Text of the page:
To help class members understand how to prepare to receive personal revelation and to encourage them to do so.
Review the material for this lesson in the Class Member Study Guide (35686). Plan ways to refer to the material during the lesson.
If you use the attention activity, prepare to display a few pictures of prophets receiving revelation, such as Moses and the Burning Bush (62239; Gospel Art Picture Kit 107); Boy Samuel Called by the Lord (62498; Gospel Art Picture Kit 111); Daniel Interprets Nebuchadnezzar’s Dream (62531; Gospel Art Picture Kit 115); The Brother of Jared Sees the Finger of the Lord (62478; Gospel Art Picture Kit 318); and The First Vision (62470; Gospel Art Picture Kit 403). You may also want to obtain photographs of a few class members.
Suggestions for Lesson Development
As appropriate, use the following activity or one of your own to begin the lesson:
Display the pictures of prophets (see “Preparation,” item 3). Explain that each of these pictures portrays something similar. What is it? (Each portrays a prophet receiving revelation.)
Share the following statement from the Prophet Joseph Smith: “God hath not revealed anything to Joseph, but what He will make known unto the Twelve, and even the least Saint may know all things as fast as he is able to bear them” (Teachings of the Prophet Joseph Smith, sel. Joseph Fielding Smith , 149).
Emphasize that we do not have to be prophets to receive revelation from the Lord. Although we do not receive revelation to guide the Church, we can receive revelation to help us learn gospel truths and to guide us in our personal lives and in our responsibilities in the home and in the Church. If you obtained photographs of class members, display them next to the pictures of the prophets.
Discussion and Application
Prayerfully select the lesson material that will best meet class members’ needs. Discuss how the scriptures apply to daily life. Encourage class members to share experiences that relate to the scriptural principles.
Explain that lessons 5 and 6 are both about personal revelation. The Doctrine and Covenants greatly enlightens us on this important subject. This lesson focuses on why we need personal revelation and how we prepare to receive it. Lesson 6 focuses on how to recognize personal revelation from the Holy Ghost. The reading assignment for both lessons includes D&C 6, 8, and 9, which Joseph Smith received while translating the Book of Mormon with Oliver Cowdery as his scribe. Although the context of D&C 9 has to do with Oliver Cowdery’s attempt to translate the Book of Mormon, the principles also apply to other revelation.
1. Our need for personal revelation
Explain that one of our greatest blessings is that the heavens are open and the Lord communicates with His children through continuing revelation. “Divine revelation is one of the grandest concepts and principles of the gospel of Jesus Christ, for without it, man could not know of the things of God. … Continuous revelation from God to his saints … makes possible daily guidance along true paths and leads the faithful soul to complete and eternal salvation in the celestial kingdom. … Without revelation, all would be guesswork, darkness, and confusion” (Bible Dictionary, “Revelation,” 762).
Elder Boyd K. Packer of the Quorum of the Twelve said, “No one of us can survive in the world of today, much less in what it soon will become, without personal inspiration” (in Conference Report, Oct. 1991, 29; or Ensign, Nov. 1991, 23). Why do you think personal revelation is so important in our day? (Answers could include those listed below.)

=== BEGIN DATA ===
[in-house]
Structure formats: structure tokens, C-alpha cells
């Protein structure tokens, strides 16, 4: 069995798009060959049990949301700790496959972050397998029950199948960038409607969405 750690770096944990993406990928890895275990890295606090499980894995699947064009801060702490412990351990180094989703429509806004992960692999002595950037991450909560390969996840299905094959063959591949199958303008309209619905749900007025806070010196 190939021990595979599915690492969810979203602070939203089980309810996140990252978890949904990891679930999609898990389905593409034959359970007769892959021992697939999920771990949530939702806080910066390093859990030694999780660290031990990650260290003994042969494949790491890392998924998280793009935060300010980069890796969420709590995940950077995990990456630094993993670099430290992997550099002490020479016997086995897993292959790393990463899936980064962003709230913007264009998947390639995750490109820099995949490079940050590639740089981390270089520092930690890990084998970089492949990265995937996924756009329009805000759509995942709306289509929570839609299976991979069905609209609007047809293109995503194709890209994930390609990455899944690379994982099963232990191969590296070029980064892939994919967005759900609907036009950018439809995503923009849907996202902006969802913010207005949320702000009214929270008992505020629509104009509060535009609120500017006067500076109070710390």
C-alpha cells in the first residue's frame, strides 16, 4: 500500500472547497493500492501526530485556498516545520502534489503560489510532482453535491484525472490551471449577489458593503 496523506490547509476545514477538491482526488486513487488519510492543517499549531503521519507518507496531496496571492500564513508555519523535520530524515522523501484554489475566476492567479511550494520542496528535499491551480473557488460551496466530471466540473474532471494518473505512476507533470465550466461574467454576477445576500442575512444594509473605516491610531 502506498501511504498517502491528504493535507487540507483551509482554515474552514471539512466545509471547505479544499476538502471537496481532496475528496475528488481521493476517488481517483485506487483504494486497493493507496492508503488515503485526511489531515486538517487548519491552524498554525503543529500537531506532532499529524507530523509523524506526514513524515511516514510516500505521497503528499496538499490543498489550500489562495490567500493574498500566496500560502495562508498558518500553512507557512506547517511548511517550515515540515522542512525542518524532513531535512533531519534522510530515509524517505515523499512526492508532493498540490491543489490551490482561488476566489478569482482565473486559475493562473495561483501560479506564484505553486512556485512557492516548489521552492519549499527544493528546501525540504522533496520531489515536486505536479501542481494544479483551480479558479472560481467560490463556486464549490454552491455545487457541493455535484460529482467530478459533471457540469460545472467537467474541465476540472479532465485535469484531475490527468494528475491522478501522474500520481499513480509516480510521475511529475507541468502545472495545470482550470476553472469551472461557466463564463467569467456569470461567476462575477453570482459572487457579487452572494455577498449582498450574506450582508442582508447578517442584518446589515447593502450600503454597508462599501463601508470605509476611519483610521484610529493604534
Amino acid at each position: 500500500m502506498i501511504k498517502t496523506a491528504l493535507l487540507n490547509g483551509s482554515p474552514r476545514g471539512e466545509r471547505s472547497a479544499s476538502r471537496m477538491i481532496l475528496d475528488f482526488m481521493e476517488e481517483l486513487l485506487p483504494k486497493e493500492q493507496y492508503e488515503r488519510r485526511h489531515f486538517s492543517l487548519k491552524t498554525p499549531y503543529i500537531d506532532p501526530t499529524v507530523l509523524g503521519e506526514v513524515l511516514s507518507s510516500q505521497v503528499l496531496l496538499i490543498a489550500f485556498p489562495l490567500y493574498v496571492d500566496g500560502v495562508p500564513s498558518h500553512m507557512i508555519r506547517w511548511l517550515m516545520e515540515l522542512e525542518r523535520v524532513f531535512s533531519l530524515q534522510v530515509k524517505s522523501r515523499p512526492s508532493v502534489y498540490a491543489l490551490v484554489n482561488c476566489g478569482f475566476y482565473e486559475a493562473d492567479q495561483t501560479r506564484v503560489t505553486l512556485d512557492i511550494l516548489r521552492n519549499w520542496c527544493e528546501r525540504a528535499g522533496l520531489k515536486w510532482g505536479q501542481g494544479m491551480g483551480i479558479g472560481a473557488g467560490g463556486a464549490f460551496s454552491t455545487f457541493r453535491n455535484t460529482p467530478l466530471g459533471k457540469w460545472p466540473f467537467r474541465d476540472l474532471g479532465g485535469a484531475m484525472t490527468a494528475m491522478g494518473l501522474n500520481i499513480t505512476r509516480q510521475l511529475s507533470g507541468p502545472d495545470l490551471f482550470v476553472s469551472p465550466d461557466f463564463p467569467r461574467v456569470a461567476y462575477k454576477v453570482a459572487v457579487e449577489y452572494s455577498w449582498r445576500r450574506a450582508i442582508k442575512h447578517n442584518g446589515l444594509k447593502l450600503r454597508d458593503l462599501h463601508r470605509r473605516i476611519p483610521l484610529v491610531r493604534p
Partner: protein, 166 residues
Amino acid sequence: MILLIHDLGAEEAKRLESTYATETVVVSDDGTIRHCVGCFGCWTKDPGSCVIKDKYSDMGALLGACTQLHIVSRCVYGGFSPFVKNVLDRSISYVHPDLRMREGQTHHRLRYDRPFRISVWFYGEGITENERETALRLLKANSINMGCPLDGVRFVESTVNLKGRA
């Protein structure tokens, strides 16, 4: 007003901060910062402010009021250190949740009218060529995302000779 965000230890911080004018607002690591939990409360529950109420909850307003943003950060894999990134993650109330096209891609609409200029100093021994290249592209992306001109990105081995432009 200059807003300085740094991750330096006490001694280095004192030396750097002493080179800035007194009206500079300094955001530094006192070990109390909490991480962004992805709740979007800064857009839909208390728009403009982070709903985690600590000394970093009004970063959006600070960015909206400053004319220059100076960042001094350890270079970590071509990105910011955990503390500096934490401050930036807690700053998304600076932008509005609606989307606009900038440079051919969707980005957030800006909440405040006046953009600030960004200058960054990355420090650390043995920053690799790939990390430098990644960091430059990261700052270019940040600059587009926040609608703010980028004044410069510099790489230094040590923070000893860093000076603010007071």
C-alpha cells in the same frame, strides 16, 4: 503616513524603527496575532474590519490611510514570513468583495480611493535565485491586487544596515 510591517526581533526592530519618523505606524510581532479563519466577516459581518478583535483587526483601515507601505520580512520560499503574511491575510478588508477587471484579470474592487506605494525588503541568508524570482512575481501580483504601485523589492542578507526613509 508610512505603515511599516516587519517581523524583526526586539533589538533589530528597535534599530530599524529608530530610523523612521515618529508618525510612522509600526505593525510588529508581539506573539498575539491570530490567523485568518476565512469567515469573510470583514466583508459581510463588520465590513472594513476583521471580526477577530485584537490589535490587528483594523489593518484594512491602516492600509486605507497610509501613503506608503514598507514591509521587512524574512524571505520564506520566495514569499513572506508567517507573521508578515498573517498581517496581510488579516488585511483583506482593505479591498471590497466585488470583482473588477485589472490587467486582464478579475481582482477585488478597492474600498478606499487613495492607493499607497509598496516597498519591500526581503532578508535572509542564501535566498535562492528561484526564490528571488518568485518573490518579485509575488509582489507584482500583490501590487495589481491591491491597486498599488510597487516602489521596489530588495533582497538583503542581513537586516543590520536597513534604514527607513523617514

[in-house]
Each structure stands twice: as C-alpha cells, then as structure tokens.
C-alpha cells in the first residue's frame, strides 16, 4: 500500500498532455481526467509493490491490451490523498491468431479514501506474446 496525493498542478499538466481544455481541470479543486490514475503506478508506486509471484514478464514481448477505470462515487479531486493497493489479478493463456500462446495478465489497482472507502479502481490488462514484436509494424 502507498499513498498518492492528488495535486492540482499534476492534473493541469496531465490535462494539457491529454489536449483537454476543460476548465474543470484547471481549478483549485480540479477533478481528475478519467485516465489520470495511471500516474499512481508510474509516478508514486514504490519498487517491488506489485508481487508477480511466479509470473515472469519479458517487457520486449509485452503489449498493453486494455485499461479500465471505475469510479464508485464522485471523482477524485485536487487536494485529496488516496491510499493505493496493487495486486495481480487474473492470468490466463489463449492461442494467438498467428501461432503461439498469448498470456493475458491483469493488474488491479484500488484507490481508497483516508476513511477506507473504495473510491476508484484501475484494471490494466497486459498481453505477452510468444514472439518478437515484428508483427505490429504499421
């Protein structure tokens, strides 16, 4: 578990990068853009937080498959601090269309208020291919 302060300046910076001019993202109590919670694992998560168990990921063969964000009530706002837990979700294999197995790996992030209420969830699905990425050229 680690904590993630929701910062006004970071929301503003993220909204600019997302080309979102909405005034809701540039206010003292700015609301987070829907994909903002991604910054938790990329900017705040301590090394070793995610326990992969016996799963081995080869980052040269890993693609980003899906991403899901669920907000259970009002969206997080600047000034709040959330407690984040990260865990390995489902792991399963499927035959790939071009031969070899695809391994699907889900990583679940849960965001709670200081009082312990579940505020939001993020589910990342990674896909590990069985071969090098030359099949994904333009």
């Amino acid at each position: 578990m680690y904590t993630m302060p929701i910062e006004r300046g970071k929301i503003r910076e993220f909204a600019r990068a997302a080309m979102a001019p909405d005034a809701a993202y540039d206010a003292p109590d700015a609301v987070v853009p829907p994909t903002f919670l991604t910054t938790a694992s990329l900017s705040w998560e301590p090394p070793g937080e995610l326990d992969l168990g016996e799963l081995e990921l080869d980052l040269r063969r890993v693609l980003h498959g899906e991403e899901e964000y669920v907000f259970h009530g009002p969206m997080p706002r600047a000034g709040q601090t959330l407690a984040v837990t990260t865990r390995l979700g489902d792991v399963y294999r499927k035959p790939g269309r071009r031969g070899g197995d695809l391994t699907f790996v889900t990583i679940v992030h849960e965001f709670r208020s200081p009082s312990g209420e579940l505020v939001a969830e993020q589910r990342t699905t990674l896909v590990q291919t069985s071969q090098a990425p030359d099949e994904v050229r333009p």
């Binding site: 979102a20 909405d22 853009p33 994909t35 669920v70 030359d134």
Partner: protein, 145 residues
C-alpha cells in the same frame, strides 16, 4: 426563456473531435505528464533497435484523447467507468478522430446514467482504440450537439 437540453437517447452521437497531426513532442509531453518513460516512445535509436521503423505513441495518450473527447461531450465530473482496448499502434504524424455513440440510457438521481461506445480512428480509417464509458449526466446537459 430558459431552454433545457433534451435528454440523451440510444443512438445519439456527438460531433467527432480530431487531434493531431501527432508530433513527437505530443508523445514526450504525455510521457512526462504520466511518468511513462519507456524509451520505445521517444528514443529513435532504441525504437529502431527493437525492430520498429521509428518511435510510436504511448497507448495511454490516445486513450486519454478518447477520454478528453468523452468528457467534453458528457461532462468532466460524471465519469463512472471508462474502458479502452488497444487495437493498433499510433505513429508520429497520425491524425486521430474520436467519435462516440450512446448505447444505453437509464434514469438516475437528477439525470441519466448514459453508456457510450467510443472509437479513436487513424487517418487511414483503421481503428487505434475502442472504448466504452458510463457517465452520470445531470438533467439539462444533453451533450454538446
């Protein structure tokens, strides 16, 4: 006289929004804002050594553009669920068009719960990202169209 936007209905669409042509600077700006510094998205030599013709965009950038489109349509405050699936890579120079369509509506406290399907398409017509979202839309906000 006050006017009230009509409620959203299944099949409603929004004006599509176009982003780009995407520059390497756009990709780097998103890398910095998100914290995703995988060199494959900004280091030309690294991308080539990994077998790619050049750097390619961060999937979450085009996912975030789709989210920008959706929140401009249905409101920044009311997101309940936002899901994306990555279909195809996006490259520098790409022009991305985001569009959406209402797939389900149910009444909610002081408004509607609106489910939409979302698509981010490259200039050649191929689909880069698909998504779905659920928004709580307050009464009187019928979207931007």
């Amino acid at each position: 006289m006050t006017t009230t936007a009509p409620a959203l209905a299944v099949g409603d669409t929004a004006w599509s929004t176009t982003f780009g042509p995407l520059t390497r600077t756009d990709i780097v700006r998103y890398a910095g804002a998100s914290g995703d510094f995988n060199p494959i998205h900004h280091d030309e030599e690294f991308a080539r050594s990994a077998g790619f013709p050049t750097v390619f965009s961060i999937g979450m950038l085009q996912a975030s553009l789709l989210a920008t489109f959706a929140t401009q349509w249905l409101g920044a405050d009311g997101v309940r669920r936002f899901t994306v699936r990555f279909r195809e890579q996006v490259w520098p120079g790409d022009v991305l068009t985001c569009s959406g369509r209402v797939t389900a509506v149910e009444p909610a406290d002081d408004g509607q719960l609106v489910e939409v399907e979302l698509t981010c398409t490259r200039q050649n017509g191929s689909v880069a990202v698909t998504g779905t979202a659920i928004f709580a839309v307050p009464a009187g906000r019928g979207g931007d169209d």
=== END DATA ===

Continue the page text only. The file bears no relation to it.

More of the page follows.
Personal revelation is the way we receive our testimonies of Jesus Christ, His gospel, and the divine calling of Joseph Smith.
Personal revelation is the way we learn divine truths.
Personal revelation is the way we receive guidance beyond our own limited understanding in answering life’s questions, meeting challenges, and making decisions.
What are some decisions or situations in which personal revelation can help us? (Invite class members to tell how personal revelation has helped in their family responsibilities, their Church responsibilities, and other areas of their lives.)
2. Understanding what we should do to receive revelation
Explain that it is important for us to understand how we prepare to receive personal revelation. Have class members read the following italicized scripture references. Then have them identify what those scriptures teach about how we can prepare to receive personal revelation (suggested answers are in parentheses). Summarize responses on the chalkboard. Then discuss the responses.
A. Doctrine and Covenants 9:8; Joseph Smith—History 1:8–10. (Study the matter in your mind.)
What can we do to study out a question in our own minds?
You may want to have class members study Joseph Smith—History 1:8 to find statements that show how Joseph Smith studied out his question in his mind. A few key statements are listed below:
“My mind was called up to serious reflection.”
“My feelings were deep and often poignant.”
“I attended their several meetings as often as occasion would permit.”
Point out that Joseph Smith gave deep thought to settling the question of which church was right. He also invested much time and effort, attending meetings, studying the scriptures, and searching longer than two years for an answer. Suggest that class members look to Joseph Smith as an example of how to study matters out in their minds as they seek revelation.
Why does the Lord expect us to study matters out in our own minds before receiving revelation? (Answers could include that the Lord intends for us to be active, not passive, as we seek revelation from Him. He also expects us to use our agency. We grow as we use the gifts and resources He has provided to help us study matters out in our minds.) How has studying matters out in your mind helped you grow spiritually?
B. Doctrine and Covenants 138:1–11; Joseph Smith—History 1:11–12. (Ponder and meditate on the scriptures and the teachings of latter-day prophets.) Explain that pondering the scriptures was the catalyst for both of the revelations recorded in these passages.